Cape Town pensioner pay lawyer to be reinstated into community WhatsApp group

The group's administrators reinstated the man, however group settings were changed to allow only group administrators to post there.
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A Cape Town pensioner received severe backlash after sharing pornographic material on his gated community’s WhatsApp group, resulting in him being expelled from the group and forking out thousands of rands to hire a lawyer to get him reinstated.

The man, in his 60s, accidentally shared the offensive material that left his neighbors shocked.

The man subsequently contacted social media law expert, Emma Sadleir to help him get reinstated in the group, highlighting that being expelled from the group chat had left him in the dark about the day-to-day issues affecting the close-knit community, including security issues.

Sadleir was hired to write to the group’s administrators, explaining that the offensive material was sent in error because the pensioner was not technologically sharp.

The group’s administrators reinstated the man, however group settings were changed to allow only group administrators to post there.

There seems to be a rise in such cases, in South Africa as more and more South African lawyers specialising in social media law are dealing with such cases.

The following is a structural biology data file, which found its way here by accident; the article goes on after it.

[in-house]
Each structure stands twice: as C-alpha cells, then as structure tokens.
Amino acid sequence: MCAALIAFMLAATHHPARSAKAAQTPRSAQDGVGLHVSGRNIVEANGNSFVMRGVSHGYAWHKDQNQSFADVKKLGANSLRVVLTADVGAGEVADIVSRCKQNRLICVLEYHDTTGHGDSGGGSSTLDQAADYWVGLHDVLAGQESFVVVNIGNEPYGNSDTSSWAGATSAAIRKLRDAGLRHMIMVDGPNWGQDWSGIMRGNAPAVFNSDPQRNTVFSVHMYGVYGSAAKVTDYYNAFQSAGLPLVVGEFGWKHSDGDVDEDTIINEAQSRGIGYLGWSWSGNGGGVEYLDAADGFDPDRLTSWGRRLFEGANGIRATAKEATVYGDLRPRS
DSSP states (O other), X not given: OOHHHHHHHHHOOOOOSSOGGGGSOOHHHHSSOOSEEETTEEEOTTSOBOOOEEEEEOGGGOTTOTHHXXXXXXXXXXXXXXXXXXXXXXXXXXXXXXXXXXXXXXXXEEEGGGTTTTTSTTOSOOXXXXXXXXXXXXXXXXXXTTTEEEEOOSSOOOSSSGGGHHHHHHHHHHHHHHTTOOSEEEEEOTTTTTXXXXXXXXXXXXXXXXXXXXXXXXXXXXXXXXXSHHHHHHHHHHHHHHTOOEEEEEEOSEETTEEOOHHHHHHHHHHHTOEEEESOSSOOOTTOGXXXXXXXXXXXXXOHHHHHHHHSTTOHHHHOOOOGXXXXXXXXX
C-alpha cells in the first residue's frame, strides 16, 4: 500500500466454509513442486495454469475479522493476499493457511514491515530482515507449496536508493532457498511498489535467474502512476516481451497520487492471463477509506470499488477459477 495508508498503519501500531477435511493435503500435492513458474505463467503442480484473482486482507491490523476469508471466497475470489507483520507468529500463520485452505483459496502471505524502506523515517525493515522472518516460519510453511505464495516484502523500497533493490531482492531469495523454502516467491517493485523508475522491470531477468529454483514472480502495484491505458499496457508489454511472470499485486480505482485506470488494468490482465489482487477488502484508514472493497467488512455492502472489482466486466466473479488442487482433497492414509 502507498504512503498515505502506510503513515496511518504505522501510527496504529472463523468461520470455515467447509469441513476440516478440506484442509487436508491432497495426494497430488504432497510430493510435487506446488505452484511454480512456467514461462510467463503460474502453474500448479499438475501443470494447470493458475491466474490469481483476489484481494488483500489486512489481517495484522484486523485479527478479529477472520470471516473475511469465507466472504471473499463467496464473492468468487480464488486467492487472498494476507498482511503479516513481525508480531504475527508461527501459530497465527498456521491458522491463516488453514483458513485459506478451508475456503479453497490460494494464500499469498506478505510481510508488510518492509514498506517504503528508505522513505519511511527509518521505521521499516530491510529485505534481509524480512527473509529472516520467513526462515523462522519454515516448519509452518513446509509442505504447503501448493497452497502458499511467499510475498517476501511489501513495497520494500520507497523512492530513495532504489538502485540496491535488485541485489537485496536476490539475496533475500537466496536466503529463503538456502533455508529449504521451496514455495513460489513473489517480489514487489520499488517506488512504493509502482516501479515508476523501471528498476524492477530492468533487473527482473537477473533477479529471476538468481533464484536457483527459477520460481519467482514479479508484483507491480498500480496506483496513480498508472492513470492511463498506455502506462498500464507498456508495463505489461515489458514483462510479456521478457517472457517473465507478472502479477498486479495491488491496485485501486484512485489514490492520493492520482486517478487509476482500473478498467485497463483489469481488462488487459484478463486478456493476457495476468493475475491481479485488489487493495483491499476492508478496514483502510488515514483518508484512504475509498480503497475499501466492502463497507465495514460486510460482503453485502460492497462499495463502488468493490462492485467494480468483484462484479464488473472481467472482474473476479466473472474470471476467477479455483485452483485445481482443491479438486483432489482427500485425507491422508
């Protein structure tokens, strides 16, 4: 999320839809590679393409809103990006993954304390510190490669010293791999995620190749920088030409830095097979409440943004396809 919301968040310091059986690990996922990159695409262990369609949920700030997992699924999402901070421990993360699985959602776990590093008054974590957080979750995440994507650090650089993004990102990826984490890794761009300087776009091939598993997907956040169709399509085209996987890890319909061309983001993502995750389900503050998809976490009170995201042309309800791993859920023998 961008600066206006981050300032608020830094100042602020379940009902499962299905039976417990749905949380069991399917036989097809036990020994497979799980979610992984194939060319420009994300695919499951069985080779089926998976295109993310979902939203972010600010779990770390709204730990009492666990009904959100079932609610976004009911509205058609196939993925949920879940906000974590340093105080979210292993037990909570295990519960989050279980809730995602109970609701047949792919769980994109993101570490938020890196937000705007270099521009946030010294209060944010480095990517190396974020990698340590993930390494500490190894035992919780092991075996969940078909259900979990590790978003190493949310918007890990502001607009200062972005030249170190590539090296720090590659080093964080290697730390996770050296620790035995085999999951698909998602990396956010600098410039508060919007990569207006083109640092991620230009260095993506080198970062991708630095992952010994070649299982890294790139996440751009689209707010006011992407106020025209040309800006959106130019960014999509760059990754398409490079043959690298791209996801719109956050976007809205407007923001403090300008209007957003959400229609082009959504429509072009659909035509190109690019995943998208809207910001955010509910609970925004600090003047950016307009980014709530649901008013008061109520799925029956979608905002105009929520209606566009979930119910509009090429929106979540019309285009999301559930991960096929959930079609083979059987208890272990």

Steffie Betts, an administrator on a Durban neighborhood group said she was now accustomed to the downfalls of running a WhatsApp group.

“There’s a horrible preoccupation with drama, blood and gore. If they can add pictures, they do … pure sensationalism,” she said.

This is also prevalent on WhatsApp work groups where companies are disciplining or firing employees who have brought them into disrepute by posting inappropriate material to the platform.

According to Bowmans, a law firm that advises companies on the use of social media in the workplace,there has been an increase in employee dismissals for misconduct on social media.

Ros Davey, a partner at Bowmans said currently there is no uniform legislation governing the use of social media, however there is increasing demand by legislators to put measures in place for the correct use of social media in the existing pieces of legislation.

More: timeslive

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